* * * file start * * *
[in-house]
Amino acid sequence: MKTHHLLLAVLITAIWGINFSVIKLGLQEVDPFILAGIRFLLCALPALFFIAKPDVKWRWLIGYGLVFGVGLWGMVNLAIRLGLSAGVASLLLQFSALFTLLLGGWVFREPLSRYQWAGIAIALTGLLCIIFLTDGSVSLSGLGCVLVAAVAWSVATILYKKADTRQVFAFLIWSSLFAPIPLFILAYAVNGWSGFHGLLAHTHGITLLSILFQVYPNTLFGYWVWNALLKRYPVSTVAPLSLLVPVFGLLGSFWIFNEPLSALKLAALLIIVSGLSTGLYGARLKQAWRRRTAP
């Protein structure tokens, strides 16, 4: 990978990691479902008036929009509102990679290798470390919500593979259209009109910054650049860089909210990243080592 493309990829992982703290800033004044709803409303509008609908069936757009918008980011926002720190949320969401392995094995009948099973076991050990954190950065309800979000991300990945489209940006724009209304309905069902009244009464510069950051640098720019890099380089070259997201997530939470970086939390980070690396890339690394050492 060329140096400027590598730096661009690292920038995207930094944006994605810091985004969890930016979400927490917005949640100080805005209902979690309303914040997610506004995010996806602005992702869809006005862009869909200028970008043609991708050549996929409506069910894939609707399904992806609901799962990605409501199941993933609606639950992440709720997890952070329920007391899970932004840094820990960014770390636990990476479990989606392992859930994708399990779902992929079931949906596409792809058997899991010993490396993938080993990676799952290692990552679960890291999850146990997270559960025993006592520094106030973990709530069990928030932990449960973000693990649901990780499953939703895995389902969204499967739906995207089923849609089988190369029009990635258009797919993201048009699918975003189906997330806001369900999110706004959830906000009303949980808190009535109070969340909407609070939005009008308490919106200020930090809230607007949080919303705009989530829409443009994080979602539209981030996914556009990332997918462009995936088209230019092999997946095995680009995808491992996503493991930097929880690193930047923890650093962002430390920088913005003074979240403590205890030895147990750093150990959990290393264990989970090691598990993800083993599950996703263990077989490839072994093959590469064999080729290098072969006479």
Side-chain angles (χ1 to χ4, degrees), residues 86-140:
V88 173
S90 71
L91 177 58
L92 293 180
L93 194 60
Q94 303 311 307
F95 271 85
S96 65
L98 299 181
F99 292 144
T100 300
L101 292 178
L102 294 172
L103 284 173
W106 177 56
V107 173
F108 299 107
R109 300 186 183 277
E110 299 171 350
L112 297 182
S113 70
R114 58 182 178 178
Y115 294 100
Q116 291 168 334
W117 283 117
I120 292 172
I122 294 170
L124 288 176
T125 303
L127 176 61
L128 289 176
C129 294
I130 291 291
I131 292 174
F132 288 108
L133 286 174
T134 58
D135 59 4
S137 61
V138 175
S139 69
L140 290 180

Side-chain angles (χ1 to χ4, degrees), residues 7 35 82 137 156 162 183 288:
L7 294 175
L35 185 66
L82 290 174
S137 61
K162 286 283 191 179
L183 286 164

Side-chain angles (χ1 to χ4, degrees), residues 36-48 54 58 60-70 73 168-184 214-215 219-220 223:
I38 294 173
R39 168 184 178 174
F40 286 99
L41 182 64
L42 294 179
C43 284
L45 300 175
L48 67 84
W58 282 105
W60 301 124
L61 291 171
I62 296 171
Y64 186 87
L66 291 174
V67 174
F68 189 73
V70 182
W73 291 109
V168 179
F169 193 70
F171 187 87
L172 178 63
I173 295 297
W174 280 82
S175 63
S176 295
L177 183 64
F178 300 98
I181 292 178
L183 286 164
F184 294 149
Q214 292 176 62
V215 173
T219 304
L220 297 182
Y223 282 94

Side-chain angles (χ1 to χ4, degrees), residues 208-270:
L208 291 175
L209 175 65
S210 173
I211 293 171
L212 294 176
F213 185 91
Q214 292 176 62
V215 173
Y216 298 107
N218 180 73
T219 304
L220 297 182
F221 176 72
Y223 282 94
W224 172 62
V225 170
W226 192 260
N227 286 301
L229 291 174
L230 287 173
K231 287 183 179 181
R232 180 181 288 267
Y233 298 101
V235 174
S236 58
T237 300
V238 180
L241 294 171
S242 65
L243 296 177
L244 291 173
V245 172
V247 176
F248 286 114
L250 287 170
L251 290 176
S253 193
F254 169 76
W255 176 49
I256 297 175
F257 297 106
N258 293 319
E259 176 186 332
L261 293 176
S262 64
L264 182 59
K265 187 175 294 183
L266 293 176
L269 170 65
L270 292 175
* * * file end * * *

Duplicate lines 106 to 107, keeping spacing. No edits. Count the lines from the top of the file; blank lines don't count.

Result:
W224 172 62
V225 170